6. #36
    Super Moderator Sue Pendleton's Avatar
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    "She has flacid paralysis, no motor function below t-12, dull pressure sensation & directional positioning but not temp or pain sensation."

    Anterior cord syndrome leaves a person with proprio-sensation (knowing where you are in space like closing her eyes and she knows when a PT moves her right foot up, down or sideways), light touch sensation (can feel touches everywhere on her body but not distinguish between pinprick and dull or hot and cold) and vibration sense when the docs pull out tuning forks and she can feel the vibration when touched with the vibrating end.

    If that sounds like your daughter than I'd ask her neurologist or neurosurgeon to better explain what they mean by "flaccid". I've just never heard of a person who is incomplete from a spinal stroke that has flaccid paraplegia or quadriplegia. She may not have any motor control or use but that does not mean flaccid by itself. I remember when I was 'woken' up for something in the ICU from the coma like state they had me in and seeing my one leg lifted up and seeing that calf muscle no longer there just very wrinkly skin. Then I was back under. As spinal shock wore off later I started getting muscle spasms and my legs looked a lot more normal. My infarct was on my right anterior cord around C6 or the right side was hit first by the lack of oxygen.

    So she can most likely get more than twice a week if the flaccid becomes spastic. I would talk to her rehab doctor about spinal shock and is it over. I assume it is if she isn't having problems using IC for her bladder. And then ask more questions about what they mean about "flaccid". Suppositories normally aren't how flaccid paras deal with their bowels. If she is on any drug like baclofen she's probably a spastic incomplete para and needs more PT. :-)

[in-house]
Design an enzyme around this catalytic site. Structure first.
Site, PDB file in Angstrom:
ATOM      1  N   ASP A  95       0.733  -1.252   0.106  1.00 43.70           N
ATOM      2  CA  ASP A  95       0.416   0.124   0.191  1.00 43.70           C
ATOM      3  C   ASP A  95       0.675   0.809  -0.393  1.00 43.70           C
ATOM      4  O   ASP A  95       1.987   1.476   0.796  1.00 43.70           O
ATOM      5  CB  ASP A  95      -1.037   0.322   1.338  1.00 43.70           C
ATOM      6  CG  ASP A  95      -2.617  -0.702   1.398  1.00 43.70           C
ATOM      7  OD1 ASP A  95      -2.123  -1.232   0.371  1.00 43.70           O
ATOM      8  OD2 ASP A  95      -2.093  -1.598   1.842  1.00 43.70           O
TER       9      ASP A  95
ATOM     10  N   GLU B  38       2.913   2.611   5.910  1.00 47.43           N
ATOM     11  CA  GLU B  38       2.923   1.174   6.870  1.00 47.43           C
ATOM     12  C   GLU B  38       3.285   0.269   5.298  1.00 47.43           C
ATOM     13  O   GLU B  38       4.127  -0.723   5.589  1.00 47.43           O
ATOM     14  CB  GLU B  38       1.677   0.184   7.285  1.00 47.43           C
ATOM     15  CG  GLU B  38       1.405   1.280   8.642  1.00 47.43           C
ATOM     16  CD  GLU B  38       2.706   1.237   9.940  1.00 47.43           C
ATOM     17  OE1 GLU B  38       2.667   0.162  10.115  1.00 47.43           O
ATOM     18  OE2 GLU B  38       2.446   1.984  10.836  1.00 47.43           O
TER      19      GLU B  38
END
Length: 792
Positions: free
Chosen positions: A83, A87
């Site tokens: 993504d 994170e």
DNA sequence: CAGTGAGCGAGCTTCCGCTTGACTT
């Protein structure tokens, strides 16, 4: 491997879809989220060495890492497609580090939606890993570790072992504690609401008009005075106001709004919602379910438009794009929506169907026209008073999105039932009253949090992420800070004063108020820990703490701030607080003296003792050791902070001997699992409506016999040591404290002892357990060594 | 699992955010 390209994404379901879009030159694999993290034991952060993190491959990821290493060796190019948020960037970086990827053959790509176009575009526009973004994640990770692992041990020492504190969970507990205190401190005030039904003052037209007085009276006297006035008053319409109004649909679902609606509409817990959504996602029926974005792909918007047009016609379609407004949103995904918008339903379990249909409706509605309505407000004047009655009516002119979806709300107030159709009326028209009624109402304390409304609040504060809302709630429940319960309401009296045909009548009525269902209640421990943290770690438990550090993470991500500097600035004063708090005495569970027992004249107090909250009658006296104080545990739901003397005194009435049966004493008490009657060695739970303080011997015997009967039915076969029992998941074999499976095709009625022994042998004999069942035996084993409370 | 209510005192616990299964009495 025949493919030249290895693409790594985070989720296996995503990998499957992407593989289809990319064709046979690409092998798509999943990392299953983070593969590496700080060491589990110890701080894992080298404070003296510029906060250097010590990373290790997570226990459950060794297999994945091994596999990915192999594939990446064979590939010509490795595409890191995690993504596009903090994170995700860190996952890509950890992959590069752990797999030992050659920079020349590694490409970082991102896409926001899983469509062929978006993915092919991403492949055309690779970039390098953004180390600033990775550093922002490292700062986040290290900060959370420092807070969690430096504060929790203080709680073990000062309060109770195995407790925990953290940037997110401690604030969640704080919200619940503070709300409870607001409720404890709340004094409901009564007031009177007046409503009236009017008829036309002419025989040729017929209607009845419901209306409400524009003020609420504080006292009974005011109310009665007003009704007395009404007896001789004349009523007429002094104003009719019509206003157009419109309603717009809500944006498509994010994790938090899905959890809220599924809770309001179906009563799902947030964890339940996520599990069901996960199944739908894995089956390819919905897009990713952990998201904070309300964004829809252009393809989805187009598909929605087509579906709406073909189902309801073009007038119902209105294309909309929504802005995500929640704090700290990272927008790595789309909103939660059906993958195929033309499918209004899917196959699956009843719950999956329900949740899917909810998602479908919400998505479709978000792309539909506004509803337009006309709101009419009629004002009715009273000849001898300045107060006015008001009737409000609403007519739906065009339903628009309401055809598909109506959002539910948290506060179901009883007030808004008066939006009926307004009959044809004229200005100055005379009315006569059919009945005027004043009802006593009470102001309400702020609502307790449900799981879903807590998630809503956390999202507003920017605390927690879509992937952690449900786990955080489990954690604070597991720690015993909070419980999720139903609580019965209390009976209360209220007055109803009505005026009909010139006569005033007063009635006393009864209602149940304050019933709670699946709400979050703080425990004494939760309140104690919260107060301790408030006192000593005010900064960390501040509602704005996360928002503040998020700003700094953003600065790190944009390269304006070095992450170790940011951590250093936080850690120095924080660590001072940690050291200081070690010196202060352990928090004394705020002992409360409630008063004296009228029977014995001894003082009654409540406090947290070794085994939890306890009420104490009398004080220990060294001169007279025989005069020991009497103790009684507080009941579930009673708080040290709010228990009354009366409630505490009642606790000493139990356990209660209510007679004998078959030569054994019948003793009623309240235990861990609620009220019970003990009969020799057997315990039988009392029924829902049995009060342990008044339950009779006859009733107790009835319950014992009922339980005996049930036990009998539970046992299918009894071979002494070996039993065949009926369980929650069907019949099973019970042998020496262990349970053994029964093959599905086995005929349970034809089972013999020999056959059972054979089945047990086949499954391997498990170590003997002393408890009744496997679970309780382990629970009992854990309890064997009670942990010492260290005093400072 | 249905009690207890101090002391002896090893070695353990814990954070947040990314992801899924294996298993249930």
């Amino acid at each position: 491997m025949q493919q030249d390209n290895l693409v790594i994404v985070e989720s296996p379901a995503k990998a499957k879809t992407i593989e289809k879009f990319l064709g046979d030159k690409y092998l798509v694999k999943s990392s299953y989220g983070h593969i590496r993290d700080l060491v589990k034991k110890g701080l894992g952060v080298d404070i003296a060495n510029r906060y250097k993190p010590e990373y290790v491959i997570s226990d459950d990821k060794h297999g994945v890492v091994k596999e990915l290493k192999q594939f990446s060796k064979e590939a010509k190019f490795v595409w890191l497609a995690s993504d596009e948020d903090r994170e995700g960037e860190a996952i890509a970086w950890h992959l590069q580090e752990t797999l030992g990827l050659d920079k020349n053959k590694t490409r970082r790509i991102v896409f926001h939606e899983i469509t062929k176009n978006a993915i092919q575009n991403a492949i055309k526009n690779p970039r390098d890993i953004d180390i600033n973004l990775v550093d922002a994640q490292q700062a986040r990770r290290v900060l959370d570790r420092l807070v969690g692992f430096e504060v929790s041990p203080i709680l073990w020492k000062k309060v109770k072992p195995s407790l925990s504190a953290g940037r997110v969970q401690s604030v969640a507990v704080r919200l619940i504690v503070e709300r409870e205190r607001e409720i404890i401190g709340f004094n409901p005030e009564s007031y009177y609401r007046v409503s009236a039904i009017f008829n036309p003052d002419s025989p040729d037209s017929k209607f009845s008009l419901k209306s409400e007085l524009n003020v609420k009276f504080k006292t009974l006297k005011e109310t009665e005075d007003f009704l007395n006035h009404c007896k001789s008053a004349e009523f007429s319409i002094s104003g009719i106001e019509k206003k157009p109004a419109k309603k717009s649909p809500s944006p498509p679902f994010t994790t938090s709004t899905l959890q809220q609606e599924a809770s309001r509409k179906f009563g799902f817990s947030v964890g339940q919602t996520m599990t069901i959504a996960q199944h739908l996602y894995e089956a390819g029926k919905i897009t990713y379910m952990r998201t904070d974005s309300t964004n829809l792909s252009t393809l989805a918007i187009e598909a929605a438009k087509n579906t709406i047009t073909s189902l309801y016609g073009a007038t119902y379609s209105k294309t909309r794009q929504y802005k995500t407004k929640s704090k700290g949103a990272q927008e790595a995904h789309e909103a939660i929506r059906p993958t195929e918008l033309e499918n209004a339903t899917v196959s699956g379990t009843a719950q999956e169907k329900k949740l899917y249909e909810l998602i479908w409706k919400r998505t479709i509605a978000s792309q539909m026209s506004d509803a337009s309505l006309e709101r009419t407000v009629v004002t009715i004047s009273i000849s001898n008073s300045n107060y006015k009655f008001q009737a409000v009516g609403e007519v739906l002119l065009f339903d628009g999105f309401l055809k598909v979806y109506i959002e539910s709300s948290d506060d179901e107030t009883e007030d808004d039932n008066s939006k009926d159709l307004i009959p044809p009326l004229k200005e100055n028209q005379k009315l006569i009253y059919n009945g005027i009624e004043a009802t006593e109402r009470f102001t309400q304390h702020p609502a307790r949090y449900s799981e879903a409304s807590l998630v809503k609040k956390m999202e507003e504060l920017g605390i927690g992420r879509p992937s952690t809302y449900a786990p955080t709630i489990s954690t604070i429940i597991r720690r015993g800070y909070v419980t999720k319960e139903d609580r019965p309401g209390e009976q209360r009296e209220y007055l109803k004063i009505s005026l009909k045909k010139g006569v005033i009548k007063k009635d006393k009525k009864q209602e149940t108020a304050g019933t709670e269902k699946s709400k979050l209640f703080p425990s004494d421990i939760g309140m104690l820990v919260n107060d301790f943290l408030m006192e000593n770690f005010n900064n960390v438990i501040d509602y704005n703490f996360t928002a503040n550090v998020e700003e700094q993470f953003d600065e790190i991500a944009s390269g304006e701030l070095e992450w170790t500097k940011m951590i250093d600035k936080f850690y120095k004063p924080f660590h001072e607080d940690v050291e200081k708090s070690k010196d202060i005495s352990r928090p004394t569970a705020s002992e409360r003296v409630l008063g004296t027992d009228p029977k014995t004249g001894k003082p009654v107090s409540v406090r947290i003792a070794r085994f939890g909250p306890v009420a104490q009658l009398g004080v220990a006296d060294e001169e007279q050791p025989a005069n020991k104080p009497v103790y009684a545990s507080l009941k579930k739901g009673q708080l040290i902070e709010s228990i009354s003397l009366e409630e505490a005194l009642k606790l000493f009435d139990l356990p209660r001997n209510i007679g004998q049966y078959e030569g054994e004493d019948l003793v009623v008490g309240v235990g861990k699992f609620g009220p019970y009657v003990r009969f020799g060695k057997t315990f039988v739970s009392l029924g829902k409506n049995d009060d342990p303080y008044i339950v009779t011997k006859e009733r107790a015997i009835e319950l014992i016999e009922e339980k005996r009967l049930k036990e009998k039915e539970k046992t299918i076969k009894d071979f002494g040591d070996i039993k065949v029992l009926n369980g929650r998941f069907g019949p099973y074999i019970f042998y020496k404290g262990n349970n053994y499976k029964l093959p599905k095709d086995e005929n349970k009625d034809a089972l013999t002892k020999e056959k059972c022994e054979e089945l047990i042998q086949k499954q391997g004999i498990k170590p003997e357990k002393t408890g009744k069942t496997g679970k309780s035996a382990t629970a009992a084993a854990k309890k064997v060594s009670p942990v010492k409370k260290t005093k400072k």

Again, I have absolutely no medical training outside of very basic battlefield stuff in basic training. Give me a piece of Glad wrap and I'll be happy to fix that sucking chest wound or a belt and a good size stick and I can make a tourniquet...
    Courage doesn't always roar. Sometimes courage is the quiet voice at the end of the day saying, "I will try again tomorrow."

    Disclaimer: Answers, suggestions, and/or comments do not constitute medical advice expressed or implied and are based solely on my experiences as a SCI patient. Please consult your attending physician for medical advise and treatment. In the event of a medical emergency please call 911.

  7. #37
    Thanks Sue Pendleton - I'm sure I've heard doctors describe mydaughter as having "flacid paralysis" but maybe I'm misunderstanding. What is the definition? Your last post is accruate to a T in describing her condition except for being able to feel vibrations. She cannot. Also, her proprio sensation seems limited. By that I mean, she can close her eyes and tell you if your moving her big toe up vs. down,if she's expecting it. But, I've seen her on her bed on the laptop with one of her legs having fallen off the bed...and she didn't know.
    She no longer takes baclofen. She did initially, but has been off for 6 months. She has no spasms at all, which is why her leg muscles are shrinking up. She does IC and uses a suppostory nightly, as reccommended by her urologist. Her PT schedule is at least 2X per week, she also swims and excersises at home on the days she doesn't go to the gym. Thanks!

  8. #38
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    Hello concrened SCi mom, So sorry your daughter has to go through this. i was dianosed with tm had the same tingleing and that same severe pain and then felt the life go out of my legs. had no reflexes nothing got lots of therapy for a year and then the gym to work legs. i now walk with a walker but have no ankel movement i wear afo s braces on calfs . i could not bear weight for a long time was wheel chair bound for around 2 years. mabe she will get more back too.

  9. #39
    TM from PA & smashms - Thanks for your reply. I agree that it's so important to keep pushing forward and working toward a goal. She still does PT 2-3 x per week. She also works at home on off days. The specific diagnosis of her stroke event was Fibrocartilaginous Embolism. We are told it is very uncommon. Forums like this are so important, as they can reach many folks. Best of luck in your recovery!